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Neuroblastoma is one of the most common types of childhood cancer. Neuroblastoma is caused by cancer cells forming in nerve tissue of the adrenal gland, chest, spinal cord, neck, and other areas of the body. While there are different classification systems, treatment is based on the risk level of the tumor – generally low, intermediate, or high. Treatments may be used in combination.


  • Approximately 800 children in the U.S. are diagnosed with neuroblastoma annually.
  • Neuroblastoma accounts for 6 percent of childhood cancer cases and about 15 percent of childhood cancer deaths.
  • Neuroblastoma is most often diagnosed early in life, with almost 90 percent of all cases diagnosed before age 5.
  • In children under 18 months of age, the tumor may spontaneously regress.

Risk Factors

Because of the young age of most neuroblastoma cases, there are no specific lifestyle choices that increase a person’s risk of developing neuroblastoma. There are a few risk factors that have been identified, including:

  • Age: Neuroblastoma is most commonly diagnosed in young children and rarely diagnosed after 10 years of age.
  • Gender: Neuroblastoma is more likely to occur in males than females.
  • Heredity: About 1 to 2 percent of all neuroblastoma cases are diagnosed in children who have a family history of the disease. These patients usually develop the disease nine to 13 months earlier than other children with no family history of neuroblastoma and the disease may occur in more than one organ.
  • Genetics: For those with no family history of neuroblastoma, genetic factors and birth defects may play a role in the development of the disease.

Signs and Symptoms

In the early stages, a neuroblastoma may grow without symptoms. Neuroblastoma is often discovered when a mass is felt on a child’s body, often the abdomen. Symptoms of neuroblastoma vary depending on size, location, if it has spread, or if it secretes hormones. Symptoms can include those common with childhood illnesses such as:

  • Mild flu symptoms
  • Fever
  • Rapid heart beat
  • Diarrhea
  • Bruising
  • Loss of appetite
  • Feeling full
  • Pain in the bones
  • High blood pressure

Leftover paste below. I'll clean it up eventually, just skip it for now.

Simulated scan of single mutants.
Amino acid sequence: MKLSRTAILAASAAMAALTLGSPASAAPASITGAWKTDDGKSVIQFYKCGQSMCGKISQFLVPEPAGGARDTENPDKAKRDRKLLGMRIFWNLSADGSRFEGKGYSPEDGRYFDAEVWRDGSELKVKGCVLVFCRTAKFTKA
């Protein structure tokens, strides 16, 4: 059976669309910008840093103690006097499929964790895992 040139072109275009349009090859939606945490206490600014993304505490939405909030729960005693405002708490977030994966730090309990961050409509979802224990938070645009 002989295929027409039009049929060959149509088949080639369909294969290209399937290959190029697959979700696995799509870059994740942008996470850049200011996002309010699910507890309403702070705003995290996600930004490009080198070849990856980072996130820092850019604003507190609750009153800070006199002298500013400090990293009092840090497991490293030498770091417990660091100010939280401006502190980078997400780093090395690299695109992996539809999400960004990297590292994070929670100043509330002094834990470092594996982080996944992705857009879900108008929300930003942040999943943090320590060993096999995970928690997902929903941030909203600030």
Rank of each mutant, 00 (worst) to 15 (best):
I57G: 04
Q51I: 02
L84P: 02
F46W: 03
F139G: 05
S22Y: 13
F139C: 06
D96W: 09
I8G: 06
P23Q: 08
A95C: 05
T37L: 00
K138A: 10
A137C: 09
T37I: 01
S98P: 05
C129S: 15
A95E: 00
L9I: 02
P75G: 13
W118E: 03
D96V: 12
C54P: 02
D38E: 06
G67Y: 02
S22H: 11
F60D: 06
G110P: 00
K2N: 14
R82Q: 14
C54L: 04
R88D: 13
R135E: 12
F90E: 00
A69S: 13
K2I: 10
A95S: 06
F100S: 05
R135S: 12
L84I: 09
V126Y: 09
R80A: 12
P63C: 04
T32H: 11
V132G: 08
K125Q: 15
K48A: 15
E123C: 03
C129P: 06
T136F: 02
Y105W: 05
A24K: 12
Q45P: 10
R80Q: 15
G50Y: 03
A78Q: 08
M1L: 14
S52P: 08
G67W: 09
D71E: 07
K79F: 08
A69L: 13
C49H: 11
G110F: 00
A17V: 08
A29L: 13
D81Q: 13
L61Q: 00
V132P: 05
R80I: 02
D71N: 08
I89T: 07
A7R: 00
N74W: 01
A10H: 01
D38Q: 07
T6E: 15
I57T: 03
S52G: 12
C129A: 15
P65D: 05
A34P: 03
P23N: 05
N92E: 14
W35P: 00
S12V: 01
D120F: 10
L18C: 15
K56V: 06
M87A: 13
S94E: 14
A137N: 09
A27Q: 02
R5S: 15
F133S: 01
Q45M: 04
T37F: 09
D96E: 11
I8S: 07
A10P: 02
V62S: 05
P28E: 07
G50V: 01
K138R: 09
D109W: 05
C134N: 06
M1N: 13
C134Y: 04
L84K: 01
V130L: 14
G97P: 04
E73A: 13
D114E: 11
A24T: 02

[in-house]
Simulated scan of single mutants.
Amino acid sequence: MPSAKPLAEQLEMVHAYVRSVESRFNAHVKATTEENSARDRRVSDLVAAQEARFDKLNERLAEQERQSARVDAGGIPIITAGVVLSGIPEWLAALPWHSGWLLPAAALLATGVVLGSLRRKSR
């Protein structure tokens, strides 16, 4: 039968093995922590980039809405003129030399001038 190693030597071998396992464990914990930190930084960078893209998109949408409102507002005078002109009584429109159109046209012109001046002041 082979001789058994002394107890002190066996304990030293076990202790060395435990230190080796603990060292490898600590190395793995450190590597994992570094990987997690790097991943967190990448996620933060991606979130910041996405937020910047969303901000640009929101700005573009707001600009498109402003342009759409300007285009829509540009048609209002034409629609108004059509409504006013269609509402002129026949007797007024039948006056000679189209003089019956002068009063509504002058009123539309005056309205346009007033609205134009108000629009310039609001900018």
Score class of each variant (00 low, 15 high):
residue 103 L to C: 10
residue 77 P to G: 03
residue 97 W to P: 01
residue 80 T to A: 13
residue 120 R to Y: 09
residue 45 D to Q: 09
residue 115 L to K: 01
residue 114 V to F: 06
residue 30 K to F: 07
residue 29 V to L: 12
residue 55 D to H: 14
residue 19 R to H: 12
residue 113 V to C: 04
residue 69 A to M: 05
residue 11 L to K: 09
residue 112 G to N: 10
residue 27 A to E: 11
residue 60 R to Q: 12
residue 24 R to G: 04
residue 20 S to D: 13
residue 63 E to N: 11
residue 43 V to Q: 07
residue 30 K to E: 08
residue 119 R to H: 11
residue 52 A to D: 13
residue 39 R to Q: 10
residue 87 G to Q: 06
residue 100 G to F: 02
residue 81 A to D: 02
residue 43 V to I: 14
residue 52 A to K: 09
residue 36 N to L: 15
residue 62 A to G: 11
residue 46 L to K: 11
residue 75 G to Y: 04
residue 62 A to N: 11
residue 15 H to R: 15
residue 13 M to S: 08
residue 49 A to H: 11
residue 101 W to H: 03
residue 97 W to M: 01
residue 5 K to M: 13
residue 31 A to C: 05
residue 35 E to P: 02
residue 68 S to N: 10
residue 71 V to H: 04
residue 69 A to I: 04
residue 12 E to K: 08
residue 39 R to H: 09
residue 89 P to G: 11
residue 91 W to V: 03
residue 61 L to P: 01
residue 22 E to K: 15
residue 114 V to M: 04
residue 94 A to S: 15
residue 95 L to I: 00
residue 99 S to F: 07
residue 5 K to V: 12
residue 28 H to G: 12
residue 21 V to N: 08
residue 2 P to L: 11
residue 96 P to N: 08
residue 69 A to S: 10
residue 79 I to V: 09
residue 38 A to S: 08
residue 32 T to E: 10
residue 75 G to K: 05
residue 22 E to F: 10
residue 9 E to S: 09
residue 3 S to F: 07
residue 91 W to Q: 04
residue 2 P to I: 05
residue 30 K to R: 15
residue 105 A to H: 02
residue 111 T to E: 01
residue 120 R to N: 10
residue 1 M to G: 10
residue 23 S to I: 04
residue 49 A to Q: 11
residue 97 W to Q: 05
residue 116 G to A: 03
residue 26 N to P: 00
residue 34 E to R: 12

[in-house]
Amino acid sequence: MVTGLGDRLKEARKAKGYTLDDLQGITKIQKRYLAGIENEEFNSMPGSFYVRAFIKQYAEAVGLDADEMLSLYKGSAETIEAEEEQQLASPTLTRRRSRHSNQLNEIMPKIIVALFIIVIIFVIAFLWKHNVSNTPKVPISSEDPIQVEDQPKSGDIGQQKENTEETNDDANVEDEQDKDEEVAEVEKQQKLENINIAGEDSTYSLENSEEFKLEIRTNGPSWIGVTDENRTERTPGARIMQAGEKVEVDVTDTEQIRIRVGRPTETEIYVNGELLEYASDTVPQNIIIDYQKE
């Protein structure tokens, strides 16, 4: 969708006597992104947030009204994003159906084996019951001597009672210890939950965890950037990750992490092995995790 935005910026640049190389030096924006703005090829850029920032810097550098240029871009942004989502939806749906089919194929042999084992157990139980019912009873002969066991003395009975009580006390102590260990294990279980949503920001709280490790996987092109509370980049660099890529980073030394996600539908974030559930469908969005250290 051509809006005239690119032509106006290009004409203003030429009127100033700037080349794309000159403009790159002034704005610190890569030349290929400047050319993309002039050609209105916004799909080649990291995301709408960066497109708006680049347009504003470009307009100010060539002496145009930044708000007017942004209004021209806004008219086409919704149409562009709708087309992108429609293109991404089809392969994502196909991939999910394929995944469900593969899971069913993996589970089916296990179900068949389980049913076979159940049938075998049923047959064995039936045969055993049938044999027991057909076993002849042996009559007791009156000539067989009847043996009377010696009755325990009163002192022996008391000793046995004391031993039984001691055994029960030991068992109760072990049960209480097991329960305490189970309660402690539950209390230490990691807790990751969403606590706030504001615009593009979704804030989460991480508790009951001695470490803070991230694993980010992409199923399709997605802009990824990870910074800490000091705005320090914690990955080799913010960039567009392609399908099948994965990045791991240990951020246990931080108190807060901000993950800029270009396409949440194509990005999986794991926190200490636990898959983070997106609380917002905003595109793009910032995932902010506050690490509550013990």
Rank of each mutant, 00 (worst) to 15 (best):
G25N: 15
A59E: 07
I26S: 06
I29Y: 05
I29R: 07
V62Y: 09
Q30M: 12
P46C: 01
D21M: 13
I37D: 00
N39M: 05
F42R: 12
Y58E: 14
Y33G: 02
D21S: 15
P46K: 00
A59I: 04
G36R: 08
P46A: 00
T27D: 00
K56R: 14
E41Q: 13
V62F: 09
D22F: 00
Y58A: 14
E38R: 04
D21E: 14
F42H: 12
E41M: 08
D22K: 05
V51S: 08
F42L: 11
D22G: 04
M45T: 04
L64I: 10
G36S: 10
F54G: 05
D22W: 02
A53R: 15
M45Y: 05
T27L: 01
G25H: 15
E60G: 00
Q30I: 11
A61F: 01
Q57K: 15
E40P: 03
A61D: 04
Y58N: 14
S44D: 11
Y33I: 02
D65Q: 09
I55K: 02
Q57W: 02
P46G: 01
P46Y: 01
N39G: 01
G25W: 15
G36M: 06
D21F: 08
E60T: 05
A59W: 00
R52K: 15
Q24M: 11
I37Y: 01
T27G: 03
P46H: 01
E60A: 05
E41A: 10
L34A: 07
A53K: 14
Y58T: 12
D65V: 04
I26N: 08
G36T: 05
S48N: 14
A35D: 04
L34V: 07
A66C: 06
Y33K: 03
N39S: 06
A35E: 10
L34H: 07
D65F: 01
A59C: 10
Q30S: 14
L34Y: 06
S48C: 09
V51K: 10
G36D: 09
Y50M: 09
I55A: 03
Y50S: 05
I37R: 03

• Anemia
  • Pronounced lump
  • Skin nodules
  • Swelling in legs, upper chest, neck or face
  • Enlarged abdomen
  • Weight loss
  • Refusal to walk
  • Problems urinating or having bowel movements
  • Headaches
  • Dizziness
  • Coughing
  • Trouble breathing or swallowing
  • Problems feeling or moving body parts
  • Blue lumps or bumps on the skin
  • Drooping eyelid and small pupil in one eye
  • Appearance of eyes bulging
  • Bruising around eyes

Tips for Prevention

There are no known ways to prevent neuroblastoma.

Treatment Options

Treatment can involve one or more options depending on the patient, but can include:

  • Children less than 18 months old may be treated with surgery alone or occasionally observation only.
  • Surgery: Surgery may be performed to remove as much of the tumor as possible. Physicians may recommend surgery for a patient as the primary treatment if tumors have not spread to other parts of the body.
  • Chemotherapy: Some patients with neuroblastoma may be treated with chemotherapy before or after surgery, or it may be the main course of treatment. It is often used if the cancer has spread.
  • High Dose Chemotherapy with Stem Cell Transplant: This procedure is used for high-risk neuroblastoma patients and starts with a high dose of chemotherapy to eradicate the patient’s cancer cells and bone marrow. Then, stem cells are given to the patient intravenously. Within a few weeks, most patients will start to develop new, healthy bone marrow and rebuild the immune system, both of which continue to grow over time. The patient remains in isolation with specialized nursing through the process. Retinoid therapy often follows a stem cell transplant.
  • Radiation: External beam radiation therapy uses high energy X-ray beams to destroy cancer cells. Internal radiation (MIBG radiotherapy) is used to treat advanced neuroblastoma by injecting radioactive material to kill cancer cells.

Sources: American Cancer Society, American Society of Clinical Oncology, National Cancer Institute, Neuroblastoma Children’s Cancer Society

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